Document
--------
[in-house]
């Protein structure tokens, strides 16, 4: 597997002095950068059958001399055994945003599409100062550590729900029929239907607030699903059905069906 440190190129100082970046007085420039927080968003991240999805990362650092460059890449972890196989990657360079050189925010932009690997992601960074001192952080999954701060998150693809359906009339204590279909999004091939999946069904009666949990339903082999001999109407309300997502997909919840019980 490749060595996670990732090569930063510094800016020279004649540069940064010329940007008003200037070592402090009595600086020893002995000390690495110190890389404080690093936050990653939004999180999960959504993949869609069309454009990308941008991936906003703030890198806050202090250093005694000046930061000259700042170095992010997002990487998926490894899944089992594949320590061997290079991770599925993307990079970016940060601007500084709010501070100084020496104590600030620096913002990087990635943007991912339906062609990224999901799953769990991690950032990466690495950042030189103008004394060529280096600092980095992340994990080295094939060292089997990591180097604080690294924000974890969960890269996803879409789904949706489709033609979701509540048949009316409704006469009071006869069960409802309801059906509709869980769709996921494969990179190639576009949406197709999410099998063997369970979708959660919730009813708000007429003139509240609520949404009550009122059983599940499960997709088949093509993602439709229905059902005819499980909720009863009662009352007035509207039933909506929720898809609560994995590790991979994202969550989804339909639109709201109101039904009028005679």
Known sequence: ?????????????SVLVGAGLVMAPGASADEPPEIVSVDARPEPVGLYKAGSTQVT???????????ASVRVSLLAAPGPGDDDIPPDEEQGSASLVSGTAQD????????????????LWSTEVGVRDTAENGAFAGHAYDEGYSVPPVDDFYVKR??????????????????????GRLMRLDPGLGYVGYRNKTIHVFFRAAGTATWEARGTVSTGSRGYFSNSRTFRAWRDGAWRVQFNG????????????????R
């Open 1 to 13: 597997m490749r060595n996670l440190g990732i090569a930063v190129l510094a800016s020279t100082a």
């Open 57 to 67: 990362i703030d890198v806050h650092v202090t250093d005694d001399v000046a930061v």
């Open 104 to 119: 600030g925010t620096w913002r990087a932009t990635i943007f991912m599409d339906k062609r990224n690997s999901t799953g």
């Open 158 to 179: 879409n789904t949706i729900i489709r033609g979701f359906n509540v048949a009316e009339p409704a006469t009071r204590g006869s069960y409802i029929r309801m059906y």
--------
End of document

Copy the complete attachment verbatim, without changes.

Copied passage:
[in-house]
């Protein structure tokens, strides 16, 4: 597997002095950068059958001399055994945003599409100062550590729900029929239907607030699903059905069906 440190190129100082970046007085420039927080968003991240999805990362650092460059890449972890196989990657360079050189925010932009690997992601960074001192952080999954701060998150693809359906009339204590279909999004091939999946069904009666949990339903082999001999109407309300997502997909919840019980 490749060595996670990732090569930063510094800016020279004649540069940064010329940007008003200037070592402090009595600086020893002995000390690495110190890389404080690093936050990653939004999180999960959504993949869609069309454009990308941008991936906003703030890198806050202090250093005694000046930061000259700042170095992010997002990487998926490894899944089992594949320590061997290079991770599925993307990079970016940060601007500084709010501070100084020496104590600030620096913002990087990635943007991912339906062609990224999901799953769990991690950032990466690495950042030189103008004394060529280096600092980095992340994990080295094939060292089997990591180097604080690294924000974890969960890269996803879409789904949706489709033609979701509540048949009316409704006469009071006869069960409802309801059906509709869980769709996921494969990179190639576009949406197709999410099998063997369970979708959660919730009813708000007429003139509240609520949404009550009122059983599940499960997709088949093509993602439709229905059902005819499980909720009863009662009352007035509207039933909506929720898809609560994995590790991979994202969550989804339909639109709201109101039904009028005679």
Known sequence: ?????????????SVLVGAGLVMAPGASADEPPEIVSVDARPEPVGLYKAGSTQVT???????????ASVRVSLLAAPGPGDDDIPPDEEQGSASLVSGTAQD????????????????LWSTEVGVRDTAENGAFAGHAYDEGYSVPPVDDFYVKR??????????????????????GRLMRLDPGLGYVGYRNKTIHVFFRAAGTATWEARGTVSTGSRGYFSNSRTFRAWRDGAWRVQFNG????????????????R
């Open 1 to 13: 597997m490749r060595n996670l440190g990732i090569a930063v190129l510094a800016s020279t100082a």
């Open 57 to 67: 990362i703030d890198v806050h650092v202090t250093d005694d001399v000046a930061v």
């Open 104 to 119: 600030g925010t620096w913002r990087a932009t990635i943007f991912m599409d339906k062609r990224n690997s999901t799953g």
């Open 158 to 179: 879409n789904t949706i729900i489709r033609g979701f359906n509540v048949a009316e009339p409704a006469t009071r204590g006869s069960y409802i029929r309801m059906y």